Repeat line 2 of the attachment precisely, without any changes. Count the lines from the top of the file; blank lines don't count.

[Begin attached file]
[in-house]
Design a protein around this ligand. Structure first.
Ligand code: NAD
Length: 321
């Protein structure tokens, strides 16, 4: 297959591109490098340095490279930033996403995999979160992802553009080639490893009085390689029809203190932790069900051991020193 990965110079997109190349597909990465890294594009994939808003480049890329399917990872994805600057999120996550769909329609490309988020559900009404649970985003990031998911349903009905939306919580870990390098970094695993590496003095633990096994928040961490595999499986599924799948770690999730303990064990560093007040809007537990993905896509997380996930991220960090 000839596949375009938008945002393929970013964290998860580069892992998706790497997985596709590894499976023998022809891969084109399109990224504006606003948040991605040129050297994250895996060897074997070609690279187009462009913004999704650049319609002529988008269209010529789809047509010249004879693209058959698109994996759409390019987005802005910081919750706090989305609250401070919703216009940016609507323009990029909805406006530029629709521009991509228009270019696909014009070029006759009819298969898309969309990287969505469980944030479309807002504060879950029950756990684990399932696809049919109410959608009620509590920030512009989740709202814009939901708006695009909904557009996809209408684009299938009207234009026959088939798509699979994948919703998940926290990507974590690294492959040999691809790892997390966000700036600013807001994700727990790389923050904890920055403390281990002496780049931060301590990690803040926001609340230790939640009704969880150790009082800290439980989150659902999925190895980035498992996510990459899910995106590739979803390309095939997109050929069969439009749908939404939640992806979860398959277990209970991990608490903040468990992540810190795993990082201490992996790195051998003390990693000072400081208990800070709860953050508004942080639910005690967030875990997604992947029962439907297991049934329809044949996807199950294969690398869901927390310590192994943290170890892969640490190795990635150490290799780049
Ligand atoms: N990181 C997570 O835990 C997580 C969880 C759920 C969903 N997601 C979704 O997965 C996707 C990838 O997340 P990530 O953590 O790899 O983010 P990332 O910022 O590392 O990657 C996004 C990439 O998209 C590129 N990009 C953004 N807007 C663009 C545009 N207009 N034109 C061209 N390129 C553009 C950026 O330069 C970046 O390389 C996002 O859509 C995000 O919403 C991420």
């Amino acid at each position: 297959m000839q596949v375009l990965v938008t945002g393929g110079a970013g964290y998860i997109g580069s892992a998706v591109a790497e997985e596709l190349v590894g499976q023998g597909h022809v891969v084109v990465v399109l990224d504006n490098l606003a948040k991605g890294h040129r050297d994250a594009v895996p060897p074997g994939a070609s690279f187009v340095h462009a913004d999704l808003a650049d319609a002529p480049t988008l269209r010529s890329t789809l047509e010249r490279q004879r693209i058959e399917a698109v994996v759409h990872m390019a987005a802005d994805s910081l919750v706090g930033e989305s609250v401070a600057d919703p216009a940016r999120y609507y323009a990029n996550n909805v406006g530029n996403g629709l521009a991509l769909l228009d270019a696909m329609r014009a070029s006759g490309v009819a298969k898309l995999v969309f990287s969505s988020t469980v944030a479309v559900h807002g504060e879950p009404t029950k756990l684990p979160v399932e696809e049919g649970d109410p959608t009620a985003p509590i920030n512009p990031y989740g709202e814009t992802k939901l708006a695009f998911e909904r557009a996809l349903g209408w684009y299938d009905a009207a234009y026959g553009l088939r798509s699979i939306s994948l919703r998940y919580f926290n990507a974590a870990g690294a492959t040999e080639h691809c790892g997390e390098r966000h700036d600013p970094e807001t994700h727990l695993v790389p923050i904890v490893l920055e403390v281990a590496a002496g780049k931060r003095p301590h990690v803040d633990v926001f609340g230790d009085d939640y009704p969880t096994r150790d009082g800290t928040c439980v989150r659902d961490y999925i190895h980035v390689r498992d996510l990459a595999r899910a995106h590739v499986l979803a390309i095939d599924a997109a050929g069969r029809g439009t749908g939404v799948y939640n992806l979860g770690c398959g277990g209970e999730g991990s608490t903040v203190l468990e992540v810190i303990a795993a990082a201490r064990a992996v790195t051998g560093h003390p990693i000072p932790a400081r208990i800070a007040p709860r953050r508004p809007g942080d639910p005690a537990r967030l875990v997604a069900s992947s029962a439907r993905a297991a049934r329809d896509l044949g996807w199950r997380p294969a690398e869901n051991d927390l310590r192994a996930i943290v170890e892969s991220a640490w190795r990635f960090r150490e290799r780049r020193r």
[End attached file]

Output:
Design a protein around this ligand. Structure first.